Please keep reading, do not get me wrong.  I absolutely love Stevie Ray Vaughn.  I have several CDs with nearly every song he performed, video of him playing live, and I think by far he is my favorite guitarist ever.  And once a month, PBS plays Stevie Ray Vaughn videos.  Why do they play Stevie Ray Vaughn videos instead of their usual programming of 1950s variety show reruns, heavily left leaning political commentary, the newest garage band, or opera?  Because it’s time for the monthly pledge drive.

And that, my friends is capitalism.  I love the PBS pledge drive shows.  They did a Pink Floyd concert, Queen, and some more cultural stuff like Victor Borga and some classical master pieces.  But seriously, PBS pledge drives are the best time to watch PBS because they bring out the shows you would actually be willing to pay for.  And then they break in for 15 minutes to tell you that for a pledge of $125 you can get your very own Stevie Ray Vaughn CD as a thank you gift.  But they also lie to you and tell you that they need the funds so that they can show great programming like this all the time.

It’s not true.  What they mean to say is pledge money so that they know what to play for their next pledge drive.

I watch PBS a lot.  I love britcoms.  My wife loves the new Dr. Who.  She also loves costume dramas.  My son loves Elmo and nature shows.  If it wasn’t for the leftist political commentary, the fact that my tax dollars are already funding it, and the fact that pledging money gets you more of the Antique Roadshow, cooking shows, This Old House and opera, not more Stevie Ray Vaughn and Are You Being Served, I might actually give to PBS.  I mean, where else can you see Mr. Bean and Hugh Laurie in a comedy about the trenches of World War I.

I would not stop watching PBS if they showed commercials.  After all, in between shows we already have spots for the latest Masterpiece Theatre preview, the corporate sponsors of PBS, the uber-wealthy families and foundations who give PBS  grants, and of course a quick mention of “taxpayers…er, I mean viewers like you”.

If they replaced 15 minute pledge breaks with commercials and showed stuff people wanted to see, just like every other TV station, they would come out ahead.  I believe that’s true even if they showed a symphony performance or a nature show.  Surely no one can make the argument that Elmo would struggle for viewership.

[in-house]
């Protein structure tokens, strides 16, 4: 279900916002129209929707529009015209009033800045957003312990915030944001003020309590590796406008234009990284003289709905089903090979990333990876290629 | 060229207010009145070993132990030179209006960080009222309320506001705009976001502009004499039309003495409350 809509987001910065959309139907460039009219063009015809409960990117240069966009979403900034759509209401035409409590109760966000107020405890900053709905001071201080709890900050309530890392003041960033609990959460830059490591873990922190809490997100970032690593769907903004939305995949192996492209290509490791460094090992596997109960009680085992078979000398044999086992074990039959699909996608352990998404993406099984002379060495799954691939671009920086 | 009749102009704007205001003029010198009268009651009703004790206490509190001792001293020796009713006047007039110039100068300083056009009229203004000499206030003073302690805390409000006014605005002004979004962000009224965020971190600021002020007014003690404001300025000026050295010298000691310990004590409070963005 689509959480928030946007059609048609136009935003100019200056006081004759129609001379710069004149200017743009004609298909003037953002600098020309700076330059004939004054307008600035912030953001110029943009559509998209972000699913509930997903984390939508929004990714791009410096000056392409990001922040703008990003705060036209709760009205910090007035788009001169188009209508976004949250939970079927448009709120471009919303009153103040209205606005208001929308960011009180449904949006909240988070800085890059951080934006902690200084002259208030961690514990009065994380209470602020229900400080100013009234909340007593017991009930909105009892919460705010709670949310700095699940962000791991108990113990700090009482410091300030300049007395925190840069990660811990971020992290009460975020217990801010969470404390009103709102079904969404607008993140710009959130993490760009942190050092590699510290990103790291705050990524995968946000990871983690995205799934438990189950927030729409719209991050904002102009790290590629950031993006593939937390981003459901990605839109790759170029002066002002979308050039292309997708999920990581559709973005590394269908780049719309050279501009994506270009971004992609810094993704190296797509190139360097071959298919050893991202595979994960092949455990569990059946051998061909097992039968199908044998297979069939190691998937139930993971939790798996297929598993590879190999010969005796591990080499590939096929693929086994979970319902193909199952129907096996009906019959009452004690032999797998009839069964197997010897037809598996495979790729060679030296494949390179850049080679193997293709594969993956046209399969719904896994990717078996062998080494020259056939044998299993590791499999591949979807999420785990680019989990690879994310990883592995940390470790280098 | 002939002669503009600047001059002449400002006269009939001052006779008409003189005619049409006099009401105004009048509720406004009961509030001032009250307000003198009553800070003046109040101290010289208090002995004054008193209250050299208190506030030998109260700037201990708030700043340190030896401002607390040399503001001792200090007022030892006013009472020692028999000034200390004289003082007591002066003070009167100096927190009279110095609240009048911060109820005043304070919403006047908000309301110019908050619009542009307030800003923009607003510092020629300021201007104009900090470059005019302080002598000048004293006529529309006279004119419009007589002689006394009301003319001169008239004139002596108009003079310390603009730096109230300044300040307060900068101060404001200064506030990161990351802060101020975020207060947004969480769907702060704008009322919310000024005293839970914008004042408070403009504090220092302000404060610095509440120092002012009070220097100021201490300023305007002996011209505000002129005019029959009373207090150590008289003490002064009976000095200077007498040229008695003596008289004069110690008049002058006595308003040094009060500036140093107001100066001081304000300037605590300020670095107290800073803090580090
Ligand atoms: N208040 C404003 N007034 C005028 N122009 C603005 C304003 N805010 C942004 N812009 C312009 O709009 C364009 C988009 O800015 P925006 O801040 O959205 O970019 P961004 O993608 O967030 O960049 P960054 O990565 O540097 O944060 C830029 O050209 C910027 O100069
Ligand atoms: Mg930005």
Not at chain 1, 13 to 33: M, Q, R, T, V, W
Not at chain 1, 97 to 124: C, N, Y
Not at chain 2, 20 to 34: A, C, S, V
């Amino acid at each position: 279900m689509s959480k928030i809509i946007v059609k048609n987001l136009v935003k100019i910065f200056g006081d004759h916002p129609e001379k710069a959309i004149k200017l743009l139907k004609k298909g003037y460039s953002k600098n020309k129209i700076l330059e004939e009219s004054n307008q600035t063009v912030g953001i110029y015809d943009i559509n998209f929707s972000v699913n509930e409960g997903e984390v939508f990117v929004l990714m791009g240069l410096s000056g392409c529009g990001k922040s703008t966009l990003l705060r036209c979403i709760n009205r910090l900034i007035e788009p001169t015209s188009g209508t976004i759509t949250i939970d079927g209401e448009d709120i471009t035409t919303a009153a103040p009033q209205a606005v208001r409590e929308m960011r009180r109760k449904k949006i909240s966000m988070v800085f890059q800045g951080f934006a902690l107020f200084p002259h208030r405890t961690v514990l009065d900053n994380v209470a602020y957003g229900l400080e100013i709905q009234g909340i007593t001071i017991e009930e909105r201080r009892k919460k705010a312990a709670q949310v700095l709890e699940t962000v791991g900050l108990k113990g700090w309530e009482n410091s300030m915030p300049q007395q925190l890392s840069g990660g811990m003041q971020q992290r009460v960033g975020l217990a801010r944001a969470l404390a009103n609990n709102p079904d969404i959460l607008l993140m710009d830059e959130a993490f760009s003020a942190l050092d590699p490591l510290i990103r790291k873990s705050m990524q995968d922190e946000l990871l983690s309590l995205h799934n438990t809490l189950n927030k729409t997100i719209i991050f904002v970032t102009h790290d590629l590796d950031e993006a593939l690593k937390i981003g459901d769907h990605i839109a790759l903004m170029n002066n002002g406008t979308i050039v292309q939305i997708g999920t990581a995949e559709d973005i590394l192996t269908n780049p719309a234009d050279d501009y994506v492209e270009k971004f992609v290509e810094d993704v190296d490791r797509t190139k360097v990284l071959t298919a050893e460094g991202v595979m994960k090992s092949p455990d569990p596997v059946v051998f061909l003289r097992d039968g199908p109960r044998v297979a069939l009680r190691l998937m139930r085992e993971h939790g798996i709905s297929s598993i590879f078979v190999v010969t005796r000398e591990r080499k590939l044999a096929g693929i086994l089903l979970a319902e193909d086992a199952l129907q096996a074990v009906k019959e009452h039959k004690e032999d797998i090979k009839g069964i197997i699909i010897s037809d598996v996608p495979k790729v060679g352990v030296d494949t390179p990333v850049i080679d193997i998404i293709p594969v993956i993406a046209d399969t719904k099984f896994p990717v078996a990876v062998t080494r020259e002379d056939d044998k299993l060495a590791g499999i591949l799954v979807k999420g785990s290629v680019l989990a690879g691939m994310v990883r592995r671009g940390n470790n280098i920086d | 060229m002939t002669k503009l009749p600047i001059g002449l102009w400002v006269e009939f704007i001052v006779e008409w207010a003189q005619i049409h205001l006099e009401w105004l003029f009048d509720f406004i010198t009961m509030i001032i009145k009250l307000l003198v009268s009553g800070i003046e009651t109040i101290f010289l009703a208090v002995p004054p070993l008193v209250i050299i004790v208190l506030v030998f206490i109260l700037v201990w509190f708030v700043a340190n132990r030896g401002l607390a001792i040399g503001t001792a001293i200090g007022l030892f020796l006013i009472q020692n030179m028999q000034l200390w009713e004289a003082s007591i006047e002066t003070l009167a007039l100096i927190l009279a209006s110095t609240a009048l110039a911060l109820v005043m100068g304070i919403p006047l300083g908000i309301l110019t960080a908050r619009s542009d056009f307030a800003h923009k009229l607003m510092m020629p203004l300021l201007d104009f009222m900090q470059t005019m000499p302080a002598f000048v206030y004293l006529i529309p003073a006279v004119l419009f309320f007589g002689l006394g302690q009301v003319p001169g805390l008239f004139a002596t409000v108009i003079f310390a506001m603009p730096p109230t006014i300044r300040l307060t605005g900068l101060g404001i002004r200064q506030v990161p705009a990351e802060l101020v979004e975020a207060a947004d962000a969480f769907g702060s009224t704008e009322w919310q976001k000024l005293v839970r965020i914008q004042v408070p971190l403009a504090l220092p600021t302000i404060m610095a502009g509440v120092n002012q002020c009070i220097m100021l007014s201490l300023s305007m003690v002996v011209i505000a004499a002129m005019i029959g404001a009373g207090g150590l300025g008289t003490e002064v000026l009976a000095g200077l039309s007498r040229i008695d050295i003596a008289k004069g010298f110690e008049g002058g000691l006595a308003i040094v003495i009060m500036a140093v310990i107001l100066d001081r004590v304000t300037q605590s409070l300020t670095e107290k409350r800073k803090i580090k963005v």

At least that would be true for my household.  Of course, NOVA might have some difficulties with the majority of our country believing in God and on the fence about Global Warming, and Frontline might have to cast conservatives in a positive light at least once a year.  Oh yeah, and NPR would have to work on just how much they sound like a mouthpiece for the DNC.  After all, Air America showed that liberal talk radio struggles in the free market.

Ron Schiller may be an anti-Semitic, hateful leftist who thinks all Tea Partiers are racists and all mainstream media groups are Zionists, but he is not the reason PBS should be defunded.  PBS should be defunded so that they can compete in the free market and have to show good programming, like Stevie Ray Vaughn and ‘Allo, Allo!’, all the time.

Imagine No Deductions

3.8 Million.  That is the number of words in our current tax code, according to Taxpayer Advocate chief Nina Olson.  Americans spend 6.1 billion hours every year preparing their tax returns.  Tax preparation requires 3 million full time professional tax preparers and 89% of Americans either use a professional or spend an average of $50 on tax software.

Do you prepare your own return?  Should you be able to prepare your own return?  I think we can all agree tax preparation is way too complicated.  Some have proposed a Fairtax, which would be like a national sales tax.  There are other proposals to fix and shrink our tax code.  Olson proposes something much more similar to what I have advocated for a few years now.

The Taxpayer Advocate Service points out that many Americans have an effective tax rate far below their actual marginal rate.  For example, an American in the 25% tax bracket may only pay an effective rate of 9% because he has more than $15,000 in income excluded through various deductions and credits.  Olson argues that we could reduce tax rates significantly by consolidating the tax code and getting rid of all those various credits and deductions.  So who is standing in the way?  She says you are.